He’s a good athlete but scouts don’t like the delivery much and he’s struggled to repeat it and throws strikes. More command and he may be a No. 2 starter. Until then he’s capable of throwing out 160 innings of at least league-average ball based on his ability to dominate at-bats with his fastball-changeup combo, so he should start the season with the Giants — or at least head north to join them early in the year — after debuting last summer.

Bryce Eldridge, a 6-foot-7, 230-pound two-way talent in high school, was the club’s first-round pick last July and he brings big power to the organization.

How much defensive value he can offer remains to be seen but he;ll get a chance to play right field where his 70 arm plays easily.

The risk with players this tall is a long swing that leads to too much swing-and-miss, and very few players in history have been able to hang. But scouts tend to like Edlridge’s swing and give him a chance to hit .260 with 40 homers on the upside.

Marco Luciano recovered from a back injury and raked in Double-A at age 21, but then scuffled severely in the majors. He has plus power that could reach 30 homers and he probably has to move to the hot corner, but it appears he’s not quite ready to deal with the wicked breaking balls the bigs have to offer — he whiffed on 64% of his swings on them last season with the Giants.

If Luciano can handle second base he still has a chance to be a star, but even at third the power will play if he can make enough contact to get it.

Southpaw Carson Whisenhunt profiles to the middle of the rotation, using a 92-94 mph fastball and average two-plane curveball to set up a plus changeup that may end up one of the better changeups in the game.

Oddly, Whisenhunt struggled a bit versus lefty hitters, but that’s mostly about his developmental process than anything.

Grant McCray is a speedy outfielder who will stick in center and may end up with a bit of a power-over-hit attack at the plate, despite not likely exceeding the 15-homer mark.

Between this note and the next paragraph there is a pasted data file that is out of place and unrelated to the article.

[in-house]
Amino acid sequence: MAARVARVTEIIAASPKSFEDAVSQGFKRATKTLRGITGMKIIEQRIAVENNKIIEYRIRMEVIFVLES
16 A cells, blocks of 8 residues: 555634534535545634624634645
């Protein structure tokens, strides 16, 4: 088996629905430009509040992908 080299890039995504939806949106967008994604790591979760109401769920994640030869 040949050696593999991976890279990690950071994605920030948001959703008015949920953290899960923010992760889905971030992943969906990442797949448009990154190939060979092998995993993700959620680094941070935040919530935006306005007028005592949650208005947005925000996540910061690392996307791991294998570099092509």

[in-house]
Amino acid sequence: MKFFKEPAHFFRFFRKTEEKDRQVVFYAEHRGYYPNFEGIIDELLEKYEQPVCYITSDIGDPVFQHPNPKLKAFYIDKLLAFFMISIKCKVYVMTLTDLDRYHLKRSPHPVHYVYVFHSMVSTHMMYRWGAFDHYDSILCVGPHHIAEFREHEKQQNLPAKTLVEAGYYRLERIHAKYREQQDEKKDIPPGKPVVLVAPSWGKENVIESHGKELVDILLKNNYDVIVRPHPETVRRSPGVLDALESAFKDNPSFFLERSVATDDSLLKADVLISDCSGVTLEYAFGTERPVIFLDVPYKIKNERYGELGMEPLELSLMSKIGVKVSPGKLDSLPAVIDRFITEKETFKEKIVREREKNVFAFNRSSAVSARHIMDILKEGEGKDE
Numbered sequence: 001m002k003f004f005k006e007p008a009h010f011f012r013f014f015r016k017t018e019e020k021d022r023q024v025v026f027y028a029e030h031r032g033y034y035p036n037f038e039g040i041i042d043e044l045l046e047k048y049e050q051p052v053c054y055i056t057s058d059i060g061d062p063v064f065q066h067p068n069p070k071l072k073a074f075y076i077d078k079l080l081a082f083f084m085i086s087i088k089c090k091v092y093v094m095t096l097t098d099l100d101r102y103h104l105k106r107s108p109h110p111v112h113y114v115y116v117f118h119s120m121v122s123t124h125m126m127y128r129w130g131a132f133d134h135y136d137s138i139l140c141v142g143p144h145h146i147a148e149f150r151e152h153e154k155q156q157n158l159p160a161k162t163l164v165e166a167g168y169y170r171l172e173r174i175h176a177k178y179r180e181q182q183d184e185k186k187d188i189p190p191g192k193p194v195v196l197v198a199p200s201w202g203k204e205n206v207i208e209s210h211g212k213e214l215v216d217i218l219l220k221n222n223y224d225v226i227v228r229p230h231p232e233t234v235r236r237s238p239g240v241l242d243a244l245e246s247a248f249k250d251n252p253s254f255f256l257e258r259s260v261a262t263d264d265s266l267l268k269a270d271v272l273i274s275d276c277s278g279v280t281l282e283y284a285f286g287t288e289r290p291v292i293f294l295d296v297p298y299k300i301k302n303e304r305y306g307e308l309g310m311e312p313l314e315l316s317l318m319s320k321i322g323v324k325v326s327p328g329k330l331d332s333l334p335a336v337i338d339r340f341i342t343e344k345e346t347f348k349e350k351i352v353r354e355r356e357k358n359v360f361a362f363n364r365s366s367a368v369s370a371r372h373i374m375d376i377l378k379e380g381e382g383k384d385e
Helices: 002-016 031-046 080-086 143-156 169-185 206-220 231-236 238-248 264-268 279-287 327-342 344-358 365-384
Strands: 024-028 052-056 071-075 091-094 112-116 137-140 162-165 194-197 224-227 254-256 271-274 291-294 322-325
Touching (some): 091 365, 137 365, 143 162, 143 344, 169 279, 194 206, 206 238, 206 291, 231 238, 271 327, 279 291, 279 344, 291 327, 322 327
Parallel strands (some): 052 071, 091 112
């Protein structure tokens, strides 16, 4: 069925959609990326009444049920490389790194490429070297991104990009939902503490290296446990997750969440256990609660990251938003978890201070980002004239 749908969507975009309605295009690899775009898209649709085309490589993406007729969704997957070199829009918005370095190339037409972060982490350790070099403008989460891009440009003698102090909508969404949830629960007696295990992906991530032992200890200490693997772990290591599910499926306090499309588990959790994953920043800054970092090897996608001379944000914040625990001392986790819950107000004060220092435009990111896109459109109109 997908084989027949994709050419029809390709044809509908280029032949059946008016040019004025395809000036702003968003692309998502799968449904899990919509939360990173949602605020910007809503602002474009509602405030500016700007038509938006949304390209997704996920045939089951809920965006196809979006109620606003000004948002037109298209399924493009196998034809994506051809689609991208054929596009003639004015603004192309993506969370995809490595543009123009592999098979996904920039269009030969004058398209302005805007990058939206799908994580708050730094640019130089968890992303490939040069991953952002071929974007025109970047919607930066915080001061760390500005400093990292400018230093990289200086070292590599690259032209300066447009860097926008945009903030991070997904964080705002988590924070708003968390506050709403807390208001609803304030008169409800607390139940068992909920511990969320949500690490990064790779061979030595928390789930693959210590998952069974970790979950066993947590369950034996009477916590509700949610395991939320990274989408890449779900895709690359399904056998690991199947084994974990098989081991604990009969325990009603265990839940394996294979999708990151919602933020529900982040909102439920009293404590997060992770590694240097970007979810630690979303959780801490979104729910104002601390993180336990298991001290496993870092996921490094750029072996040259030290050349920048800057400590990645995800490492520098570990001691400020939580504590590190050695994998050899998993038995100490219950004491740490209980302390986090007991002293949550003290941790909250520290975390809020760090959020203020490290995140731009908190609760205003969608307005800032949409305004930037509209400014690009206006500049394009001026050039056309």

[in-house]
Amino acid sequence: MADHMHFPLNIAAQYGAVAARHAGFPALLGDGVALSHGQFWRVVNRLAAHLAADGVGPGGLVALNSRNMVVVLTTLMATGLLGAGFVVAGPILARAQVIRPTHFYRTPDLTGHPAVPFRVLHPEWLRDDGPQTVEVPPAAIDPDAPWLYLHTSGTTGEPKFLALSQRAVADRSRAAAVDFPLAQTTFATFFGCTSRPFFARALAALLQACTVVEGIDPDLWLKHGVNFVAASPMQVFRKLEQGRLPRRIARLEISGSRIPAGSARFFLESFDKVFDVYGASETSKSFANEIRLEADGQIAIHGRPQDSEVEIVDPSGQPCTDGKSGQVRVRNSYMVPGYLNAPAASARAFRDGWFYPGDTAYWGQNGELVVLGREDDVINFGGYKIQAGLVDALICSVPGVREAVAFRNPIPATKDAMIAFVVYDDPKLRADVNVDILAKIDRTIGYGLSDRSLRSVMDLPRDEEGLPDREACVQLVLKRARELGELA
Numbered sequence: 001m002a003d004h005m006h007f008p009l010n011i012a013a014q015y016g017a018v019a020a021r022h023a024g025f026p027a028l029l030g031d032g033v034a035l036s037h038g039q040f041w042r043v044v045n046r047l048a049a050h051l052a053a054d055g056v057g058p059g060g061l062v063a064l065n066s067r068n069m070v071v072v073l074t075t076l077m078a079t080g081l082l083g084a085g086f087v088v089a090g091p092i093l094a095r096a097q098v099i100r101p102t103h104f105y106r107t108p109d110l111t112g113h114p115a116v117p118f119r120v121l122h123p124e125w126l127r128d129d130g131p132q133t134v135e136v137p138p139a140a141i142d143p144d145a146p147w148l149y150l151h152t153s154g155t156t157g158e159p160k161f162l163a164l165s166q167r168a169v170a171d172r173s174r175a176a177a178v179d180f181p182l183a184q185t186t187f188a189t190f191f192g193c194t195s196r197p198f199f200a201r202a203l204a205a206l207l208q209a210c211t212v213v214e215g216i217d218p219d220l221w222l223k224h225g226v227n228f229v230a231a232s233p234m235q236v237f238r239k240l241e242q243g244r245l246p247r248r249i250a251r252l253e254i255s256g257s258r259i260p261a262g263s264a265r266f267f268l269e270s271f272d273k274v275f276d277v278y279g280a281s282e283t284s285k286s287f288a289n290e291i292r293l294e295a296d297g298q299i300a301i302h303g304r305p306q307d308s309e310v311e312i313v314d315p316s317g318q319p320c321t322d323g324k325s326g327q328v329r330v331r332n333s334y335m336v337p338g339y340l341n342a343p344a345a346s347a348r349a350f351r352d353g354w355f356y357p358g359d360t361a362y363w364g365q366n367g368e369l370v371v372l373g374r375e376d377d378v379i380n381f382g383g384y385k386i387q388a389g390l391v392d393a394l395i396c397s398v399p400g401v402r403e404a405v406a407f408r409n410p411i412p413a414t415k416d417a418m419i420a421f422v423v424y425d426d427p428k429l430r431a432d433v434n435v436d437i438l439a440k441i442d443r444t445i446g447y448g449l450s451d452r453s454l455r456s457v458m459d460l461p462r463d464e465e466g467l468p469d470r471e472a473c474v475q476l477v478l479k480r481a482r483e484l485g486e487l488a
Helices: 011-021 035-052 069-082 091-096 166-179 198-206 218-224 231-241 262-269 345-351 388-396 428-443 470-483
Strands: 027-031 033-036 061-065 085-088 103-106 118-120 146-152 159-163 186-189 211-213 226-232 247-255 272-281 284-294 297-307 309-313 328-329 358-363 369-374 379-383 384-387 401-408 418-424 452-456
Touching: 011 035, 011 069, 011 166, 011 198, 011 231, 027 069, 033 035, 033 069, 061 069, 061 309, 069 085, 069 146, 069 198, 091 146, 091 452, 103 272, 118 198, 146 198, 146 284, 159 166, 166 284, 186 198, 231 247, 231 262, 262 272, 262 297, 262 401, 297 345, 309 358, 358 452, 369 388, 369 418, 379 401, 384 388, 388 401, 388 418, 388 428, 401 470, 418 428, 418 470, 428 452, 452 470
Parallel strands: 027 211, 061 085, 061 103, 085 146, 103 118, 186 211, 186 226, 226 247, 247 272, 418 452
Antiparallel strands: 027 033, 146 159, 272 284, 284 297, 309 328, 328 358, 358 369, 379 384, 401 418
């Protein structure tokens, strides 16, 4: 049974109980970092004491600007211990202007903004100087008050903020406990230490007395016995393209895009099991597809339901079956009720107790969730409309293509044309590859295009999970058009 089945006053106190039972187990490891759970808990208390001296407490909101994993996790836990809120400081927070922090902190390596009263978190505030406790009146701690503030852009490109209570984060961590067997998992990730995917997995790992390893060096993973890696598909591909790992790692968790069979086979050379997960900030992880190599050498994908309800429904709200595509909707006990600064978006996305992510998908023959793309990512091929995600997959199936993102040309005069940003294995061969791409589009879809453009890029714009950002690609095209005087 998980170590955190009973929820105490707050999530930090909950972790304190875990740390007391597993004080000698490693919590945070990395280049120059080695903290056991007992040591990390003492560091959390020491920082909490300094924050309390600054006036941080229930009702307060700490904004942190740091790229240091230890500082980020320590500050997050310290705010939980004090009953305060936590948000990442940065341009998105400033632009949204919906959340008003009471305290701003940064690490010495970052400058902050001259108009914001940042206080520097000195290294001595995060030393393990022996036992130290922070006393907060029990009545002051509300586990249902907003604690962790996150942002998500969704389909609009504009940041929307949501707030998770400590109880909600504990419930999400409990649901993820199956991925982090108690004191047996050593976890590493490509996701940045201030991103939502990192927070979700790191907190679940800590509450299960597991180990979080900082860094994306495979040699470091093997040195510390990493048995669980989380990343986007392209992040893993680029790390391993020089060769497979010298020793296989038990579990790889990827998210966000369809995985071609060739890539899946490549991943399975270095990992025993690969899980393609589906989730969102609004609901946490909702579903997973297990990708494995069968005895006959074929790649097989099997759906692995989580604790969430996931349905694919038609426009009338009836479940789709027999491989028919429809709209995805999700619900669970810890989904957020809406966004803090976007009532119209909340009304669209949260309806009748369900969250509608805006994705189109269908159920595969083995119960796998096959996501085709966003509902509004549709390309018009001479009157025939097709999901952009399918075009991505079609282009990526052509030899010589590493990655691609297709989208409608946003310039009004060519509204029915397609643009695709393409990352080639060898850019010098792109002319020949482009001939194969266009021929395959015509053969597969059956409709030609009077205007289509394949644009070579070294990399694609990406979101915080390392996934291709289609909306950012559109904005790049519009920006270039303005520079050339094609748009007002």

He’ll draw walks and steal bases, but the swing-and-miss could be the dealbreaker.

11Vaun BrownOF40
12Aeverson ArteagaSS40
13Keaton WinnRHP40
14Landen RouppRHP40
15Wade Meckler2B40
16Eric SilvaRHP40
17Diego Velasquez2B/SS35
18Joe WhitmanLHP35
19Carson SeymourRHP35
20Trevor McDonaldRHP35
21R.J. DabovichRHP35
22Cole WaitesRHP35
23Adrian SugasteyC35
24Cole FosterSS35
25William KempnerRHP35
26Luke ShligerC35
27Ryan MurphyRHP35
28Ryan ReckleySS35
29Matt MikulskiLHP35
30Maui AhunaSS35

Keaton Winn could help the Giants in the rotation in 2024 with a big fastball into the upper 90s and a plus splitter. He throws strikes and has a chance at an average or better slider, making one wonder why he was pitching out of the bullpen at Iowa Western.

Joe Whitman‘s stock rose quickly last spring before the Giants took him with the No. 69 overall pick. He’s up to 96 mph and features a plus slider and changeup that both are assisted by above-average command.

He may not miss enough bats to be more than a No. 4, but there may be more velocity in his 6-foot-5, 210-pound frame, which could bump his future role up half a grade or more.

Maui Ahuna is a speed and defense infielder with the frame to add strength, stay at short, and develop some power.

Joe Doyle